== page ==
The idea that citizens can directly contribute to strengthening the governance and quality of service delivery has been gaining momentum. The recent globabl uprisings, from revolutions in Egypt and Tunisia to the Occupy Wall Street movements here in the US, have highlighted the important role that individuals play in demanding more accountable governments and policies.
There are a variety of tools and techniques that help people effectively demand (on their own or collectively) better services from government providers: information campaigns, social audits, citizen scorecards, and report cards among others. These fall under the rubric of “social accountability,” with the premise being that the combination of better information and the ability to use this information appropriately, allow citizens to change the behavior of service providers.
Such tools are increasingly a component of World Bank funded projects. The World Bank’s updated GAC strategy in fact advocates using social accountability measures in the Bank’s agenda going forward to tackle corruption and improve governance. And notably, Bank president Robert Zoellick has highlighted the central nature of citizen empowerment and demand-side accountability to the development process. But do we have enough evidence to understand whether these techniques succeed in improving accountability, and if they do so, which of them are most effective in accomplishing this? In other words, does the evidence show that when provided with the right information, people will demand better service delivery? And if they do so, will they receive it?
While it’s clear that information is fundamental to breaking down barriers between citizens and service providers, it is not entirely obvious that information spurs people to act differently. The evidence for this is rather mixed. There is the famous Uganda newspaper campaign study that showed that publishing school budget allocation data in newspapers reduced leakage in transmission of funds. However, there are also more recent studies from India on information campaigns and their effect on increasing participation, which have shown no significant improvements in parental participation in school governance or changes in learning levels. Similarly, a community radio study in Benin found that households with access to radio programming invested significantly more in education inputs – and yet there were no positive increases in government inputs into public education.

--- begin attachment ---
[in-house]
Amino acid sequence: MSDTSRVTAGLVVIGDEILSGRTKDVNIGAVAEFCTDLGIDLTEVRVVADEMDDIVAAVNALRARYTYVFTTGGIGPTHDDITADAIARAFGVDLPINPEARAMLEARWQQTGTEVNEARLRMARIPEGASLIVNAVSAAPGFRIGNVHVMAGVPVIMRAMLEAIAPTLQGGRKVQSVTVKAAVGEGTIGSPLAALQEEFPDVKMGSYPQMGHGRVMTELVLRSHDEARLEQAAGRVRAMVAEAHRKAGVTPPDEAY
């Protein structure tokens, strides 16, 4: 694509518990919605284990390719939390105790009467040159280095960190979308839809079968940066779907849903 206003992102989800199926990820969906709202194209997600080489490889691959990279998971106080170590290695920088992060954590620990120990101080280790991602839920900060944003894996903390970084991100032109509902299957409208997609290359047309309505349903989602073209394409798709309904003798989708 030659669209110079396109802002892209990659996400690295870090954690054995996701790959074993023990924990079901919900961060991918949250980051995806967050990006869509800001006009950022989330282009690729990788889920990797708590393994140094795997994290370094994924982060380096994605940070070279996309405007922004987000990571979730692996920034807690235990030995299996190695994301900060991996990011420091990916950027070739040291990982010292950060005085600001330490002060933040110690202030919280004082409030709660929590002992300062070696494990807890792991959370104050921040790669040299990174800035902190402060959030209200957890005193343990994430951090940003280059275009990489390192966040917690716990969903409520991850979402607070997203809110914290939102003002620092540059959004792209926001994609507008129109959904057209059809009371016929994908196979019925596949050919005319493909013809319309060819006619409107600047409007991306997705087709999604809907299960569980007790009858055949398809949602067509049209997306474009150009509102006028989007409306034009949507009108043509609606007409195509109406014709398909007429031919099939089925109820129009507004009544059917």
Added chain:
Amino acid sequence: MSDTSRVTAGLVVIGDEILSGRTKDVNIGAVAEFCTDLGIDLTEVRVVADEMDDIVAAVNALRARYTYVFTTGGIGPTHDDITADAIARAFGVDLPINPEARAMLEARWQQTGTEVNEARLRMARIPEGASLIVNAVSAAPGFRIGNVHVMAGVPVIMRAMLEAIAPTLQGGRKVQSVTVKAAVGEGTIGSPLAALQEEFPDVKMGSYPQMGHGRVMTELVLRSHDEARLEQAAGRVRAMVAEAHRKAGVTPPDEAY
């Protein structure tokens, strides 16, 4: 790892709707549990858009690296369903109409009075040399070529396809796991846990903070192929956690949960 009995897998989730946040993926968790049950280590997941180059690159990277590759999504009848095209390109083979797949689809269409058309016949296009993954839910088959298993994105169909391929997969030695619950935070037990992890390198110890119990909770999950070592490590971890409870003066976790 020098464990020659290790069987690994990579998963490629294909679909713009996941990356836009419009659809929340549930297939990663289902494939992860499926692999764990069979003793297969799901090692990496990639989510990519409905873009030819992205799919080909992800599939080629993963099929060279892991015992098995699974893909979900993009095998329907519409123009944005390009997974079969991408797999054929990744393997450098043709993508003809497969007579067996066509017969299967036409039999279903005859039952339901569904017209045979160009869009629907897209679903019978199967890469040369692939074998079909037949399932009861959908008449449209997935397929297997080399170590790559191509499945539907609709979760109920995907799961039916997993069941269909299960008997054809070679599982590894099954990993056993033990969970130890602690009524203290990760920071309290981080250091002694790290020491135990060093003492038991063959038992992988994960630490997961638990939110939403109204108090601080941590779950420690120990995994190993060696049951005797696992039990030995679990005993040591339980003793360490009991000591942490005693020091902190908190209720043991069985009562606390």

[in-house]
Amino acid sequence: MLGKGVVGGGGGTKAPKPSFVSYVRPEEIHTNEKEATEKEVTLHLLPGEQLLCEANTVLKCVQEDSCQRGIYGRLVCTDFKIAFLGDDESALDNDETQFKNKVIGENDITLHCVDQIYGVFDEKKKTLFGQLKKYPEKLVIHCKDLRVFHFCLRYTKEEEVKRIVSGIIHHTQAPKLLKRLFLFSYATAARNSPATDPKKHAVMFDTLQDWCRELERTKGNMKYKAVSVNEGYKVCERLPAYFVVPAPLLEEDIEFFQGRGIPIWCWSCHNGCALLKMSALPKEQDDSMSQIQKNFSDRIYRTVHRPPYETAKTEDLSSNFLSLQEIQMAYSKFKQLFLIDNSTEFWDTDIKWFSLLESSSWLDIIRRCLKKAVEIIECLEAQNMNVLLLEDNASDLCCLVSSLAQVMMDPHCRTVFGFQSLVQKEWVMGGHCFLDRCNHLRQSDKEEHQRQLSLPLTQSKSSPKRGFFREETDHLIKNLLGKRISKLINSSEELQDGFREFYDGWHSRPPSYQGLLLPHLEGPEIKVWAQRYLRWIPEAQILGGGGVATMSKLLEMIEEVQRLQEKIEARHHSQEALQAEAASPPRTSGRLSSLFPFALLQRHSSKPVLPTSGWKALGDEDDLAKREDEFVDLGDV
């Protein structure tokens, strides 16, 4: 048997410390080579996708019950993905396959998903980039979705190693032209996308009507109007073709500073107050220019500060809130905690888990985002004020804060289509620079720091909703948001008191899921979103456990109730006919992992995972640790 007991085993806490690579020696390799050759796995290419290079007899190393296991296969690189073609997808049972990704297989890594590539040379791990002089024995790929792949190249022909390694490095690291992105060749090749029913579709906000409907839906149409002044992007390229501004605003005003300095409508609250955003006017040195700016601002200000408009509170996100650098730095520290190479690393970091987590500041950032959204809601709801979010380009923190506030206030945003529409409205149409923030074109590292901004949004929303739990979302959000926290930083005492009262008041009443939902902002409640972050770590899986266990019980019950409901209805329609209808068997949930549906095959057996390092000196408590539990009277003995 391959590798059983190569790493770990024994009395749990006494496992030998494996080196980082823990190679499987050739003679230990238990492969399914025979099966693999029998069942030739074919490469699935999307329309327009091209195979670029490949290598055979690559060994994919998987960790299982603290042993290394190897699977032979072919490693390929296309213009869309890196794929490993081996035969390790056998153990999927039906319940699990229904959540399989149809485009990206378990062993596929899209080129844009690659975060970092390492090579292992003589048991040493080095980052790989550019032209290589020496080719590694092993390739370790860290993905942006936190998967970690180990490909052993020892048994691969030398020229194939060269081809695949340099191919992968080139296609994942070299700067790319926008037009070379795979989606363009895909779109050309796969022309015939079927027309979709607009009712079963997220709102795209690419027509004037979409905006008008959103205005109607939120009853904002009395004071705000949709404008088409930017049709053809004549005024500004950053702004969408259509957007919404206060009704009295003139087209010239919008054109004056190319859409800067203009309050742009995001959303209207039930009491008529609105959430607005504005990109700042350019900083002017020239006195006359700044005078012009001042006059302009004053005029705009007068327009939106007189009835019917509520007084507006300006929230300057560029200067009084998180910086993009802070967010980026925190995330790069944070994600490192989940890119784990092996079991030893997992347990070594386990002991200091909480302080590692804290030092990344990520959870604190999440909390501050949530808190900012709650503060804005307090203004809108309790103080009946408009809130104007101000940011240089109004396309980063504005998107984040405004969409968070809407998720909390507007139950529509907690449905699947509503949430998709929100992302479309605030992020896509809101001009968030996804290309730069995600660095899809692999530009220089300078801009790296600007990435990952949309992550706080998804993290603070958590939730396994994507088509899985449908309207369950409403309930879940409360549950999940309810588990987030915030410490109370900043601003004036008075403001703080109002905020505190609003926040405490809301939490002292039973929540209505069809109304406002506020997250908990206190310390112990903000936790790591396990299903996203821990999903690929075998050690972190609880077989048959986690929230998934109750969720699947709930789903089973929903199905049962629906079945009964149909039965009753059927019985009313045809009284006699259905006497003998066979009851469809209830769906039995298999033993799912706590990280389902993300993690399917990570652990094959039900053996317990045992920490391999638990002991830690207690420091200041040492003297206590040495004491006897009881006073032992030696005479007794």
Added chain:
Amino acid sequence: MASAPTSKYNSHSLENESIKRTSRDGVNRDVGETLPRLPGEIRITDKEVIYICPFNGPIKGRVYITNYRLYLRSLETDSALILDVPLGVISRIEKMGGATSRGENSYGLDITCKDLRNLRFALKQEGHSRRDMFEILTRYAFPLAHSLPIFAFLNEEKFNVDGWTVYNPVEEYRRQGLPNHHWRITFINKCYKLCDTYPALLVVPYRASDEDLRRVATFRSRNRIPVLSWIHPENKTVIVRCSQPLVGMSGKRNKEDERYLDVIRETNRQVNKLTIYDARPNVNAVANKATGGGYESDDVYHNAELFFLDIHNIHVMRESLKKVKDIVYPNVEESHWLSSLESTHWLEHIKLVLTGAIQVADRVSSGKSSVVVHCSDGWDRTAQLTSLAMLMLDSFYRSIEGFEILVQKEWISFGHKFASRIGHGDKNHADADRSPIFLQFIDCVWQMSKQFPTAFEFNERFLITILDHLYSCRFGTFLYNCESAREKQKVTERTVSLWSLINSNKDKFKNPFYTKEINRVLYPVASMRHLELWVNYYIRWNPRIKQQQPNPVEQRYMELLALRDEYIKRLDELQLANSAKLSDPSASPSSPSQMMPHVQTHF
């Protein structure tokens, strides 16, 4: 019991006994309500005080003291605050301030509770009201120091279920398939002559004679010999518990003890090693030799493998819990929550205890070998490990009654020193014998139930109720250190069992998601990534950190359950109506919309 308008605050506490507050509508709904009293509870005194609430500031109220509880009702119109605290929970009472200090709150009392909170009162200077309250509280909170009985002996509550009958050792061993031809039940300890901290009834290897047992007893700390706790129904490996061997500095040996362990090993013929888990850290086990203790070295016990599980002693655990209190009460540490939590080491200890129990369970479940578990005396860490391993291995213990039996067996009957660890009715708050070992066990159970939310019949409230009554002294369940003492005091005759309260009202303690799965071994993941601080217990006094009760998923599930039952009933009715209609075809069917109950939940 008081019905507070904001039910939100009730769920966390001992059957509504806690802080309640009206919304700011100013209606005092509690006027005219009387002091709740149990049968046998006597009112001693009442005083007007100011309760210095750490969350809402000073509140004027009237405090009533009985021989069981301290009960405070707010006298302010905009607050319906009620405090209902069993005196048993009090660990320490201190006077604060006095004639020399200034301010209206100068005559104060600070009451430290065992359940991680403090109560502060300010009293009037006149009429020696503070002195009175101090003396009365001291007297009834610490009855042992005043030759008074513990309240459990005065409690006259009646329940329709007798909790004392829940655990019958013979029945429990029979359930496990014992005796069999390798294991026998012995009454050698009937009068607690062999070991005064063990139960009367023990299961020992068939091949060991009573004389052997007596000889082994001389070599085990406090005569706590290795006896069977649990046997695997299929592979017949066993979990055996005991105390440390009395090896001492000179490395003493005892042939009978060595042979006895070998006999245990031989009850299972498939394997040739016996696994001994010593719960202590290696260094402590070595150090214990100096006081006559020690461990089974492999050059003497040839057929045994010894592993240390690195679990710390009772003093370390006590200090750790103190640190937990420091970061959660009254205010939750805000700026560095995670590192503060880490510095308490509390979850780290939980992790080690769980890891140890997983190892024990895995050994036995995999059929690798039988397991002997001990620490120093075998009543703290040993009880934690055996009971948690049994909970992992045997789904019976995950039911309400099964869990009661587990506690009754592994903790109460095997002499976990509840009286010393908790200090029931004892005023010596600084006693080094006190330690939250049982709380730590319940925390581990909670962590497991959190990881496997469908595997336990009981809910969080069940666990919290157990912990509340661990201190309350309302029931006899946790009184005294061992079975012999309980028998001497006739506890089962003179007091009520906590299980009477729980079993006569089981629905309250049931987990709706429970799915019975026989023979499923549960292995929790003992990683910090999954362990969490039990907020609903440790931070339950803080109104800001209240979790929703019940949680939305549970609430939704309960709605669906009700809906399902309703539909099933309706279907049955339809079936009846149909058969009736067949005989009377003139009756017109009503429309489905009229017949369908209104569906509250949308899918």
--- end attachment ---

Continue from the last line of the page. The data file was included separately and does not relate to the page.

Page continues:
These mixed results means that instead of simply assuming that better information leads to better services down the road, we should carefully evaluate and learn from our projects that incorporate social accountability. There is no disputing that making certain the same information – from budgets to entitlements – is available to everyone is important. But it is equally essential to understand what other factors lead to changing entrenched behaviors. For example, why should we assume that an illiterate parent will demand that a teacher show up and teach? In almost all cases the provider of a service has lot more clout than the recipient. We need to collect more evidence to figure out what approaches and methods can break down these existing power dynamics. Tools like social audits and scorecards assume collective action. However, there is evidence from South Asia that in some cases, people prefer to opt out of government-provided systems and rely on the private sector, regardless of their socio-economic status. And this despite the possibility of joining with others to collectively demand changes. Why assume that people want to act collectively? Maybe people prefer the easier solution, even if it costs them a little more. Perhaps people need choice rather than only a voice for empowerment. Or maybe what is best is a combination of the two.
I think there is space to experiment more in this area. What is key is that we monitor and evaluate our projects so that we can better understand the underlying mechanisms that lead to change. Maybe information, coupled with other tools, can improve accountability and transparency. We need to study this further. In the human development sectors, many current projects are testing the effectiveness of different types of tools: information campaigns in Indonesia; complaints handling procedures in a cash transfer program in Panama; and scorecards in health and education in Egypt and Nepal. Perhaps we should focus on how these interventions interact with supply side initiatives. It would be prudent to learn what works and how it works while we have the chance to do so.
Photo Credit: Flickr User Jorge Franganillo